Every day I see Rumpke on display. Our trucks, trash and recycling carts and containers are all part of the landscape in neighborhoods throughout the region. However, what I didn’t expect to see was Rumpke on display at an art gallery, but that’s exactly what I experienced on Aug. 9 at the Weston Art Gallery
How the Pieces *Literally* Came Together
Matt Lynch, a professor from the University of Cincinnati College of Design, Architecture, Art & Planning, and Curtis Goldstein, Columbus artist and UC alum MFA, were inspired by the iconic worker murals created in the 1930s by Winold Reiss for Cincinnati’s Union Terminal.
For his murals, Reiss used glass mosaic tiles, but Lynch and Goldstein chose laser cut laminate for their updated pieces. Both artists share an interest in the way things are made and a fascination with manufacturing. This focus brought them to Rumpke Recycling with a request to depict an ordinary work day in an extraordinary fashion.
“Curtis explained that our relationship, which exposed them to our industrial environment, was the initial inspiration for this entire project,” said Brad Dunn, Rumpke’s Cincinnati region recycling manager. “They realized that they enjoyed touring manufacturing facilities and wanted to depict them in art in a similar fashion as the murals that were once present at Union Terminal.”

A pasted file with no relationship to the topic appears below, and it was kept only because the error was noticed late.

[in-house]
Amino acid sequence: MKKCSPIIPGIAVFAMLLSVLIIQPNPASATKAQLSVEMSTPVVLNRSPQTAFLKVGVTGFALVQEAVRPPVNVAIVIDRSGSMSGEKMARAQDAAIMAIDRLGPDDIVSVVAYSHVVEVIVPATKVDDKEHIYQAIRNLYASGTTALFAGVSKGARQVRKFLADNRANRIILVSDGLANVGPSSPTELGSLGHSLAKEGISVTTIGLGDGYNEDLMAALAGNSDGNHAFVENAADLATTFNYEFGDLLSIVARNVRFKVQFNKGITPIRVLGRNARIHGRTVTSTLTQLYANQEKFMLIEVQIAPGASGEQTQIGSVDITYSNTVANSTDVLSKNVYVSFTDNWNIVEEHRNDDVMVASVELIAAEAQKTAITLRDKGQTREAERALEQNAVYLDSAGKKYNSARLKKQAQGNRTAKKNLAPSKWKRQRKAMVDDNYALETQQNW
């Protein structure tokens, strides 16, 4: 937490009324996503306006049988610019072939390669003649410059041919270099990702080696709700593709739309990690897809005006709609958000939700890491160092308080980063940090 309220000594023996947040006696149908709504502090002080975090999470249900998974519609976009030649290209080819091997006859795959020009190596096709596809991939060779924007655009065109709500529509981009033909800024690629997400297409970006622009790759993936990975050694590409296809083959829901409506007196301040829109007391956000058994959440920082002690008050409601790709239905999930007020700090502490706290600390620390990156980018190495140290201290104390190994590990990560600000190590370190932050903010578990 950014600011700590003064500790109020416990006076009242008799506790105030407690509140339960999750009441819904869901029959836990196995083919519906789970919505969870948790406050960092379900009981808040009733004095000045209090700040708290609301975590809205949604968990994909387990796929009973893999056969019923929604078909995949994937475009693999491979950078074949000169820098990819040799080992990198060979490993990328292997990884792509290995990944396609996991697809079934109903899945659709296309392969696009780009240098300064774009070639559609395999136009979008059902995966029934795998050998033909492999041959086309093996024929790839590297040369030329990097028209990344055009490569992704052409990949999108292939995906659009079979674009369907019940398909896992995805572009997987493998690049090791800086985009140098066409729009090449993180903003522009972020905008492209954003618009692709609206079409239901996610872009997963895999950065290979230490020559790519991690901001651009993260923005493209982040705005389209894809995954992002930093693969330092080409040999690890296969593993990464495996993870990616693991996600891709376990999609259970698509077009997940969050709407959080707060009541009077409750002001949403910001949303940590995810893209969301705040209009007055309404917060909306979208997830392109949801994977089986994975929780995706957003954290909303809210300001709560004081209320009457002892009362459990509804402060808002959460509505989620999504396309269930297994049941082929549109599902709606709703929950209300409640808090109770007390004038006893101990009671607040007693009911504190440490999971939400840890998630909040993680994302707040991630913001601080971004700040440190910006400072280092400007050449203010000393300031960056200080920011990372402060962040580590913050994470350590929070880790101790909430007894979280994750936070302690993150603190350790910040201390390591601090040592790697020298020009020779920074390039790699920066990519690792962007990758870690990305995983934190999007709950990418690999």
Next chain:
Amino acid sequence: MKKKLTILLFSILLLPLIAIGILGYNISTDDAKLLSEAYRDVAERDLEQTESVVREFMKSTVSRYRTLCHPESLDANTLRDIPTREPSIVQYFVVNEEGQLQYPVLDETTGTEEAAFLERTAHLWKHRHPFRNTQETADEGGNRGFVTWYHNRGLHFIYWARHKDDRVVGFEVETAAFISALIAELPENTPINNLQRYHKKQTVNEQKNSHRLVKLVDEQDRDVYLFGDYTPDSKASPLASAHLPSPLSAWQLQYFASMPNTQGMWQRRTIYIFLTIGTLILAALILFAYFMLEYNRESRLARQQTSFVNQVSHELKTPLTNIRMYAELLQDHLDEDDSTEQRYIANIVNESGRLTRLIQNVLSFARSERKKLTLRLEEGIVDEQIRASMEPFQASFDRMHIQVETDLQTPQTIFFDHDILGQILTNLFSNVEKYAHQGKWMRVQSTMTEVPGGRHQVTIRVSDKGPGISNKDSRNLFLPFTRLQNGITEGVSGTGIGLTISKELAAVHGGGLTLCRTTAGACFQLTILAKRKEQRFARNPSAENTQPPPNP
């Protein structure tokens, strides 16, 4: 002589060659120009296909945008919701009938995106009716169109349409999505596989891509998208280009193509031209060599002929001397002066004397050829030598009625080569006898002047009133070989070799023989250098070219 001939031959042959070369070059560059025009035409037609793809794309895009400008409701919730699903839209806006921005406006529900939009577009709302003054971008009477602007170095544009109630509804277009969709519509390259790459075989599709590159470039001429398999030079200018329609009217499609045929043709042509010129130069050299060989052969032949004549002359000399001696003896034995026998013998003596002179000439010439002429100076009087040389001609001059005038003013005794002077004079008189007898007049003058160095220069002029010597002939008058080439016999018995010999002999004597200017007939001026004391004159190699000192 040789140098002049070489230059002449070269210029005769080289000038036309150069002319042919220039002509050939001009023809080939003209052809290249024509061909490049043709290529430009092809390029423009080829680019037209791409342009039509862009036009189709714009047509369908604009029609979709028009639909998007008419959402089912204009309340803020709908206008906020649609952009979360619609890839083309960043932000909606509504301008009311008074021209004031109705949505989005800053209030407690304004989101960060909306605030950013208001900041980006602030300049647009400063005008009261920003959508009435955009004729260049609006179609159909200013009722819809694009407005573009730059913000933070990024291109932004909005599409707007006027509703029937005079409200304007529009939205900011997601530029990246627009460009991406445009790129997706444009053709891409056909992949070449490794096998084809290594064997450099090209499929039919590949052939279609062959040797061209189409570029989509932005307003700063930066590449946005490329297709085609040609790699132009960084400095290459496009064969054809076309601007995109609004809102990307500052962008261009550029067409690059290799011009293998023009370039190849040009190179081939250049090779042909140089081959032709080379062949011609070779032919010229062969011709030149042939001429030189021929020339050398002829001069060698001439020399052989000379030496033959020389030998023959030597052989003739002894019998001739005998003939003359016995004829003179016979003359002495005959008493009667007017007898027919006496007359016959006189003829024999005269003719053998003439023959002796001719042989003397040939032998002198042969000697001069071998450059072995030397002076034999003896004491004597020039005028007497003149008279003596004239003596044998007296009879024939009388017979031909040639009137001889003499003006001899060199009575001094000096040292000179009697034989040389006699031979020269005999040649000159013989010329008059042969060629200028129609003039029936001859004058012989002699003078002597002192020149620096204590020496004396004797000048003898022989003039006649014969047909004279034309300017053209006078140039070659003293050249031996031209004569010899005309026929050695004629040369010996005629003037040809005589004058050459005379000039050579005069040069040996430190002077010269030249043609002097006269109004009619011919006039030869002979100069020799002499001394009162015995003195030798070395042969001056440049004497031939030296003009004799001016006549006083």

Capturing Life at Rumpke Recycling
First the artists took reference photos at Rumpke’s Cincinnati recycling facility in St. Bernard, Ohio. They then created rough sketches and a line drawing. The color selections were made digitally from nearly three hundred styles and colors of laminate donated by the Formica Company. Finally, it was time to assemble the pieces, which were first taped and eventually glued in place.
The result is a vibrant, colorful, large-scale mural that captures workers baling recyclables and driving forklifts. The artists’ favorite aspect is an employee sweeping the floor with a push broom in each hand.
The title of the exhibition was Work/Surface. It was on display at the Weston Art Gallery in the summer of 2018. Nine other Cincinnati area industries were represented, including GE Aviation, Procter & Gamble, Rhinegeist Brewery, Rookwood Pottery, and Formica. Eventually, five of the murals will be on permanent display at the Cincinnati Art Museum, and the Rumpke mural will be one of them.
About the Author: Anne Gray is the education specialist for Rumpke Waste & Recycling.
(Pictured left to right: Anne Gray, Matt Lynch, Curtis Goldstein and Brad Dunn at the Weston Art Gallery)